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Computational Science, Engineering & Technology Series
ISSN 17593158 CSETS: 8
ENGINEERING COMPUTATIONAL TECHNOLOGY Edited by: B.H.V. Topping, Z. Bittnar
Chapter 10
Parallel and Distributed Finite Element Analysis of Structures E.D. Sotelino and Y. Dere
School of Civil Engineering, Purdue University, West Lafayette, Indiana, United States of America E.D. Sotelino, Y. Dere, "Parallel and Distributed Finite Element Analysis of Structures", in B.H.V. Topping, Z. Bittnar, (Editors), "Engineering Computational Technology", SaxeCoburg Publications, Stirlingshire, UK, Chapter 10, pp 221250, 2002. doi:10.4203/csets.8.10
Keywords: parallel processing, distributed computing, finite element analysis,
domain decomposition, substructuring, load balancing.
Summary
Several sophisticated commercial finite element software packages are available.
However, the realistic simulations of structural engineering applications is, in
general, computationally intensive and often cannot be achieved using traditional
computing facilities. Parallel processing and distributed computing provide possible
venues to achieve the needed computational power. Since the late 1980's much
research has been carried out to take advantage of this technology in many
engineering areas, and, in particular, in structural engineering.
The finite element method is the most popular numerical method used to solve
structural engineering problems. Various schemes have been proposed to parallelise
this method. These attempts date back to the late 1970's, when the Finite Element
Machine [1] was developed.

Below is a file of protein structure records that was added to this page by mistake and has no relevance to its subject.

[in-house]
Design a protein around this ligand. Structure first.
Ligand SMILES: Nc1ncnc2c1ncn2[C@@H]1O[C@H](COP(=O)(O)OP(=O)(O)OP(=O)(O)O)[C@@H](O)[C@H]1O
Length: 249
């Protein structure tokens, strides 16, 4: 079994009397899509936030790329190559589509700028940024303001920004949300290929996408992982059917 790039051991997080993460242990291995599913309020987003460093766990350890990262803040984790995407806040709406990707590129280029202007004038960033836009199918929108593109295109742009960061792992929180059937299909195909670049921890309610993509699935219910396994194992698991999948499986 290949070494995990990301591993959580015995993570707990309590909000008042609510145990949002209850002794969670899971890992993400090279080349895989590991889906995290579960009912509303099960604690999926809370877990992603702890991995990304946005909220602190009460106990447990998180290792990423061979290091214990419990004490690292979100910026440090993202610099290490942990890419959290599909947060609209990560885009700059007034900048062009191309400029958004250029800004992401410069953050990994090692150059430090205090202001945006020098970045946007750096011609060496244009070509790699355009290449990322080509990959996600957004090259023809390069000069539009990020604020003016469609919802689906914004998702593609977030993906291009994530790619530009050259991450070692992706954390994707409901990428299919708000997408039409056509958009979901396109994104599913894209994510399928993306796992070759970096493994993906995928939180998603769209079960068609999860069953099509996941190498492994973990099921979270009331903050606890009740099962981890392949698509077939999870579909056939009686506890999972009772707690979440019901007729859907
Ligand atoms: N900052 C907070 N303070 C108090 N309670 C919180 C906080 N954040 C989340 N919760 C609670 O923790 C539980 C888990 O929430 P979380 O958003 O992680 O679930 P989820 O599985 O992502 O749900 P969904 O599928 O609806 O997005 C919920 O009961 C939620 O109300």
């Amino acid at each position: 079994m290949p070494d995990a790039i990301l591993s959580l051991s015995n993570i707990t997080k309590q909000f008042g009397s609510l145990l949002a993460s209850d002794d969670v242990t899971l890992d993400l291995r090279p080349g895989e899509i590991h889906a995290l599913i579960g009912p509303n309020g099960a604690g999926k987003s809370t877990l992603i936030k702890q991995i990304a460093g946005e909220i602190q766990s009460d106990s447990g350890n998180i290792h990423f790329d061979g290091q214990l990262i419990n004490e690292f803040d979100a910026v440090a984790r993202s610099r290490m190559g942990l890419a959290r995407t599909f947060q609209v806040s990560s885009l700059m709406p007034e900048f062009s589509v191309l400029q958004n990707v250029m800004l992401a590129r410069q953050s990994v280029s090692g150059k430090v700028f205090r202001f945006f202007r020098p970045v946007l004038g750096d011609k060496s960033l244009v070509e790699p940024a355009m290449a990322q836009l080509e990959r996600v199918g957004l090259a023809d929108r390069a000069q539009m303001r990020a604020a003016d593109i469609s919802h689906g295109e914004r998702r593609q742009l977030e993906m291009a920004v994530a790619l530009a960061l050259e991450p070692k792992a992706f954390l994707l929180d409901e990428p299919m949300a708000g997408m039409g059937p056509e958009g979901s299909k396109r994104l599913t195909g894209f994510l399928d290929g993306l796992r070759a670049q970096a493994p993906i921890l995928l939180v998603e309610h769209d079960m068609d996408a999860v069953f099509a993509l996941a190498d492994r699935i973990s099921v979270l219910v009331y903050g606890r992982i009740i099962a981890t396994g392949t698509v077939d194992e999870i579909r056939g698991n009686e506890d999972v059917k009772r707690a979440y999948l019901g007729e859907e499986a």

In this paper, a number of research topics related to the parallel finite element analysis for structural dynamic applications are discussed. This is an exciting research area and much work is current underway. It should be noted that this work is not intended as a stateoftheart review of the field. Instead, its goal is to provide some background information in parallel and distributed computing as it applies to the finite element analysis of structures and to discuss some of the research activities that have been carried out in this area. Much research in this area exists and a complete literature review would require a different forum. The next paragraphs give the scope of the topics that are presented in this paper. Many of the existing algorithms for the parallel finite element analysis of structures are based on domain decomposition and substructuring techniques. Both techniques are based on the partition of the physical structure into subdomains or substructures. In Domain Decomposition (DD) or Parallel Substructuring methods, the structure is divided into a number of substructures. The interior degreesof freedom (DOF) are condensed out so that the size of the condensed system reduces to the number of interface DOF. The solution for the interior DOF is then recovered from the interface DOF. The condensation procedure can be performed in parallel by each processor independently. For the interface solution, communication is needed since the effective stiffness matrix and the load vector have overlapping coefficients. Reference [2] gives one of the first implementations of this type of approach. Similarly to domain decomposition methods, domainsplitting (DS) methods, divide the physical problem into a number of smaller subproblems. The main difference between these methods and the previously described ones is that they do not use substructuring in their formulation. Instead, they adopt other approaches to restore the uniqueness of the solution of the interface degrees of freedom. For example, the IGI algorithm [3] uses iterative procedures, while the FETI algorithm [4] uses Lagrange multipliers. Several parallel DD and concurrent DS methods are presented in this paper. The performance of a parallel algorithm based on domain partitioning is highly dependent on how the structure is partitioned. Ideally, a perfect balance of the workload in each processor in a parallel or distributed computer is desired. Thus, many researchers have also studied the partitioning problem. The various approaches that have been used, ranging from automatic domain partitioning algorithms to dynamic load balancing techniques, are also discussed here. Finally, the implementation of the various parallel methods into a single platform poses a great challenge. Research has been carried out on the development of software tools that facilitate and promote the reuse, rapid prototyping and portability of parallel structural engineering software. In particular, one such a tool is the SECSDE (Structural Engineering Concurrent Software Development Environment), which has been developed in the School of Civil Engineering at Purdue University [5]. A brief description of this environment is also provided in this paper. References
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